The crew has been holding up well, although it’s taking a beating. Brutal heat and persistent west wind make for hot, gritty conditions that are an assault on the senses, particularly for guards who are working long shifts in the towers day after day.

Guards in trucks and towers are moving thousands of swimmers away from some serious rip currents by structures like piers and jetties. There also have been a number of significant rip currents appearing in the middle of the beach, which have kept Galveston’s guards working double time.

Persistent wind means persistent lateral currents that run parallel to the shoreline. These, in turn, scour deep troughs, some of which are very close to shore. Additionally fat, powerful rip currents near structures take sand with them, leaving deep channels near the structure, which in turn perpetuates stronger rip currents.

A few days of semi-calm conditions can break this cycle and allow for the bottom to level out, but more than a month of continuous wind hasn’t allowed for that.

Last weekend, we had our mid-season all-staff open water swim race. The whole crew met at 7:30 a.m. for a staff picture followed by the swim. The water was rough and there was a lot of current, which makes for great training.

Also, it was a great chance for our seasoned guards to show off their skills and beat some of the newer, sometimes faster, swimmers. We have new employees that are amazing swimmers but get beat in our training races by slower but more experienced guards.

Once these new rookies get the hang of using these “tricks,”they often come out on top. This time, a big pack of people overcorrected for the current and missed the buoy, swimming past it.

Some of our best swimmers were in this pack and finished behind some of the guards who were more strategic and “picked a better line,” meaning they used the current to the maximum advantage.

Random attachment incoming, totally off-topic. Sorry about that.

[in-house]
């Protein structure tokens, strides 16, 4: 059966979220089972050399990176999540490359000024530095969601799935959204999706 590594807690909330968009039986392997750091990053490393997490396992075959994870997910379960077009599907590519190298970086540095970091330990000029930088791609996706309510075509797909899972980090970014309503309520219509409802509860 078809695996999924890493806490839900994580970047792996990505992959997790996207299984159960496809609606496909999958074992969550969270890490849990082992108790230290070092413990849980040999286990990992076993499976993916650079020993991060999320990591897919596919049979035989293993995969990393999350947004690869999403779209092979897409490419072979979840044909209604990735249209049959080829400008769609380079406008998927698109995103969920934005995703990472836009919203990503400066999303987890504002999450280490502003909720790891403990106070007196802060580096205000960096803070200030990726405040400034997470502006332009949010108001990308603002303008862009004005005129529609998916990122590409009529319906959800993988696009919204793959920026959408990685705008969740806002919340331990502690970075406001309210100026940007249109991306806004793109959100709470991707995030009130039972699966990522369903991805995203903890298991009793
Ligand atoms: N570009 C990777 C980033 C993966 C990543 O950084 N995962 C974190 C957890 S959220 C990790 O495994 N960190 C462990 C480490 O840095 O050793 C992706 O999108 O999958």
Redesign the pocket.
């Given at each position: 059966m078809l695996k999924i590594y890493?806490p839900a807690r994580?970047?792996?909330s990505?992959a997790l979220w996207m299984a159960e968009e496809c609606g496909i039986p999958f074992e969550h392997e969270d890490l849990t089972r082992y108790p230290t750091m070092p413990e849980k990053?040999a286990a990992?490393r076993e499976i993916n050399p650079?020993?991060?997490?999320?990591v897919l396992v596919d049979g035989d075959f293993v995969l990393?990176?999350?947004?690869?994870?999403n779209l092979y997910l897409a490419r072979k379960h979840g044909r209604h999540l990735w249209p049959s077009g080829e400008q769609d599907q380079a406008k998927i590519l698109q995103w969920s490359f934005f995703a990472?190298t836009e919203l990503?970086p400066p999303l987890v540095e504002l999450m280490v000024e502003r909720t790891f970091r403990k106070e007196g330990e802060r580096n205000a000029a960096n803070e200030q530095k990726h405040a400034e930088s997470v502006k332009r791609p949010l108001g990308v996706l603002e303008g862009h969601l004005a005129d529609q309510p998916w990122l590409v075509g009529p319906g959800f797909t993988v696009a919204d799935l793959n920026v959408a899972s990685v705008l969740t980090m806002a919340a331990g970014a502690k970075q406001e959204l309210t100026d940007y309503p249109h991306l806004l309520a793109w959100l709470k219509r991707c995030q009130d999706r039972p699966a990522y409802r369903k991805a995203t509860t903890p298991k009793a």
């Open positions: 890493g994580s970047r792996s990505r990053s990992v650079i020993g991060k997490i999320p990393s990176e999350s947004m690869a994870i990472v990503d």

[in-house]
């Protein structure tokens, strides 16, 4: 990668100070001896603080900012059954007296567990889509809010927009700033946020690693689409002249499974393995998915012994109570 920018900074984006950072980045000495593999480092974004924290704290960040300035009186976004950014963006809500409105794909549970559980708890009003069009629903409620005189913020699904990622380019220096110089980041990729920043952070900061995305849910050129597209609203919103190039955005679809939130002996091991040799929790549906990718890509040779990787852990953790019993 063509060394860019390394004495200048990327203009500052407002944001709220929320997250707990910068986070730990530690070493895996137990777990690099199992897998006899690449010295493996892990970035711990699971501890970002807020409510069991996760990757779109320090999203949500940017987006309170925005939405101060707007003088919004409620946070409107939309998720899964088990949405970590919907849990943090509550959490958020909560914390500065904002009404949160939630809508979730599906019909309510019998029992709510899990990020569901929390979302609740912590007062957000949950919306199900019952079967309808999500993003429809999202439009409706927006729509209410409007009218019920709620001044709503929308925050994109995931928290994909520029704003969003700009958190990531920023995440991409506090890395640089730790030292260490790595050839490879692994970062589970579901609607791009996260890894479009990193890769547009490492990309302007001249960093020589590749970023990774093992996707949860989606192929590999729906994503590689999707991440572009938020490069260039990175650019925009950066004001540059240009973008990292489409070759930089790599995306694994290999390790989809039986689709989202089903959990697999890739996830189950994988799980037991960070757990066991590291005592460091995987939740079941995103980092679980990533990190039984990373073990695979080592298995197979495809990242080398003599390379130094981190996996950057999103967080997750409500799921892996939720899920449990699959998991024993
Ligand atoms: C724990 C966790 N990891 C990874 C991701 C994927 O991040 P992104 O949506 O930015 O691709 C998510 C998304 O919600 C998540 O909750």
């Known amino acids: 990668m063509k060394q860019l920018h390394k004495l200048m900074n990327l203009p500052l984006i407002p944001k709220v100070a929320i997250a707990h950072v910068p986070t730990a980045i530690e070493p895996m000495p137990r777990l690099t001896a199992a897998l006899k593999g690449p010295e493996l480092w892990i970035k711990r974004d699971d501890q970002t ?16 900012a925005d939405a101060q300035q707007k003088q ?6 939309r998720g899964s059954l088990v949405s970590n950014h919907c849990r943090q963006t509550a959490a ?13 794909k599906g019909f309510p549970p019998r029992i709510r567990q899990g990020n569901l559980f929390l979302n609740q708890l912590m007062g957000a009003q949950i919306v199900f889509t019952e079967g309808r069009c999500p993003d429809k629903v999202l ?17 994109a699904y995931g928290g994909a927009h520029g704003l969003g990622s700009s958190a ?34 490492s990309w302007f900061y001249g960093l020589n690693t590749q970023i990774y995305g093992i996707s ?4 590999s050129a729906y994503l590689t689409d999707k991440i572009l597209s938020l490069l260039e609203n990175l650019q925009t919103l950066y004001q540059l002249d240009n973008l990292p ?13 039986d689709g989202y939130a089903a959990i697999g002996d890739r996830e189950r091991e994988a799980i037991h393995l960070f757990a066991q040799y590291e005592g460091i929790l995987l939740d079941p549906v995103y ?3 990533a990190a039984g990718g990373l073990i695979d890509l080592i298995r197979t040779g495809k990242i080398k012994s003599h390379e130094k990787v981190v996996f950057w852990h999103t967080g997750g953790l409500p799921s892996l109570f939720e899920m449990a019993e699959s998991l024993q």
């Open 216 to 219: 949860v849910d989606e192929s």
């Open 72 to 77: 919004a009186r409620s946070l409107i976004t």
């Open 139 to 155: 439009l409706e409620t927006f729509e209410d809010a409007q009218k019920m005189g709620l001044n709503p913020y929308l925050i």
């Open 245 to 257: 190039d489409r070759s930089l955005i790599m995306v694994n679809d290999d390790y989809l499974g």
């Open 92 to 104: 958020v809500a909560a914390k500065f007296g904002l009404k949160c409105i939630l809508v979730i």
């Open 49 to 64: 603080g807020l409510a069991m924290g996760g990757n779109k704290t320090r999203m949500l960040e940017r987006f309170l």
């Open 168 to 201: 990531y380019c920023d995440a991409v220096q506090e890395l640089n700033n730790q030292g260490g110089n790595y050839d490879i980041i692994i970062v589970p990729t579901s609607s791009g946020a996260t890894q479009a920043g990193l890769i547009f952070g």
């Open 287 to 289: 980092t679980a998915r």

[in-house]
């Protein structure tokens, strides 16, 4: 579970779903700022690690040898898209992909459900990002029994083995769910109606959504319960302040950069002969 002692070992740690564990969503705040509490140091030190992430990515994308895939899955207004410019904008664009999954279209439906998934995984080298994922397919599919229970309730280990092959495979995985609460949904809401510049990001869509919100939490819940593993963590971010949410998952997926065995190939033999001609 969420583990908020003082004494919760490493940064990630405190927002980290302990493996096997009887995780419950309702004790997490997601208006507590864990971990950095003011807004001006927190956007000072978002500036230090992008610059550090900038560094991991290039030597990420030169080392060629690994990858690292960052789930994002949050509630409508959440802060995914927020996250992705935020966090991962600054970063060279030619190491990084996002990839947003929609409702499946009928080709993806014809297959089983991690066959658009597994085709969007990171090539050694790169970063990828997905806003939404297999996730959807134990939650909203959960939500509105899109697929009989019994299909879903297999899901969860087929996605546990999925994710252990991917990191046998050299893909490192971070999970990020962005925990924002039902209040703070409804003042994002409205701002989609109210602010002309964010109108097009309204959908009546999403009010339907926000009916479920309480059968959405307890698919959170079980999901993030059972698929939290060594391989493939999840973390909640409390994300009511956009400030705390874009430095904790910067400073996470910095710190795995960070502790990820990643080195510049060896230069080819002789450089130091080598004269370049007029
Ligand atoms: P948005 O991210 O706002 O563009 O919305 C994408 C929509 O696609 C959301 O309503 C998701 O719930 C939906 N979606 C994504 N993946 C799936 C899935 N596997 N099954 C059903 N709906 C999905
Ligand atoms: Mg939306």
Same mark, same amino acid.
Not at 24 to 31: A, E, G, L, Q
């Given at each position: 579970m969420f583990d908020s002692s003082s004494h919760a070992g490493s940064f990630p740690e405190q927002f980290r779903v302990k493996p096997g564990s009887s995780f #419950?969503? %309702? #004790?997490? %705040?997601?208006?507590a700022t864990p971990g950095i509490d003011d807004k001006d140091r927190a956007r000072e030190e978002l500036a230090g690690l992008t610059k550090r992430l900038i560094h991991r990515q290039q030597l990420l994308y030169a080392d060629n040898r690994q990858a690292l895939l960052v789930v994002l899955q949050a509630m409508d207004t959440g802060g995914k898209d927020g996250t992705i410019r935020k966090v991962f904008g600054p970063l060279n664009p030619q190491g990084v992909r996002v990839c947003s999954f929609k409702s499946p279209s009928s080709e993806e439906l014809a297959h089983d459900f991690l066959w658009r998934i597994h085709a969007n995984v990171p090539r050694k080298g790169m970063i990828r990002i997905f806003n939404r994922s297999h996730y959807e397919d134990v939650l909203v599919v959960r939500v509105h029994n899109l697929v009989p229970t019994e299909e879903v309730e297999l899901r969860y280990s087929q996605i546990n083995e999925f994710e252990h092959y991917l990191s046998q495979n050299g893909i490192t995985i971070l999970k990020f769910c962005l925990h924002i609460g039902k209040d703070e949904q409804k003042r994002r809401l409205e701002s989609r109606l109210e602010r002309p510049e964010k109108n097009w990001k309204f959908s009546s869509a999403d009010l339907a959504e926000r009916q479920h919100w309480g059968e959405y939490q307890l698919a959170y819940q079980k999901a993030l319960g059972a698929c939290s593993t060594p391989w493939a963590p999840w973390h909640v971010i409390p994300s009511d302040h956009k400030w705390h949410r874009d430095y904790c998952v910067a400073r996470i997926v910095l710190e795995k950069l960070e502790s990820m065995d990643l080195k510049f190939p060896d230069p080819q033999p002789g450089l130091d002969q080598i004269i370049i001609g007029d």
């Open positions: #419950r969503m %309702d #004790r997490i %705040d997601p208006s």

We also incorporate a lot of entries and exits from the water. Repetition is a proven way to get the guards to internalize the theory that they learn in the academy and in our daily skill training sessions, so it’s automatic when making a rescue in stressful conditions.

We use races as a means to improve and hone ocean swimming and paddling skills. Some people are naturally more intuitive than others in this respect, but there is a learned component when it comes to using current and waves instead of fighting against them.

For the complete mind/body/rescue techniques tripod of lifeguarding, the final ingredient involves remaining centered under stress, opening your mind and seeing a few moves ahead. Some have an innate predisposition for this, but experience helps.

It’s critical for ocean rescue and for preventing accidents. In many ways, this ability is more important than physical conditioning or technique when racing or rescuing. It separates a good lifeguard from a great one.

And it can mean the difference between life and death.

Peter Davis is chief of the Galveston Island Beach Patrol. The views in this column are Davis’ and do not necessarily represent those of the Beach Patrol, Galveston Park Board of Trustees or any other entity.

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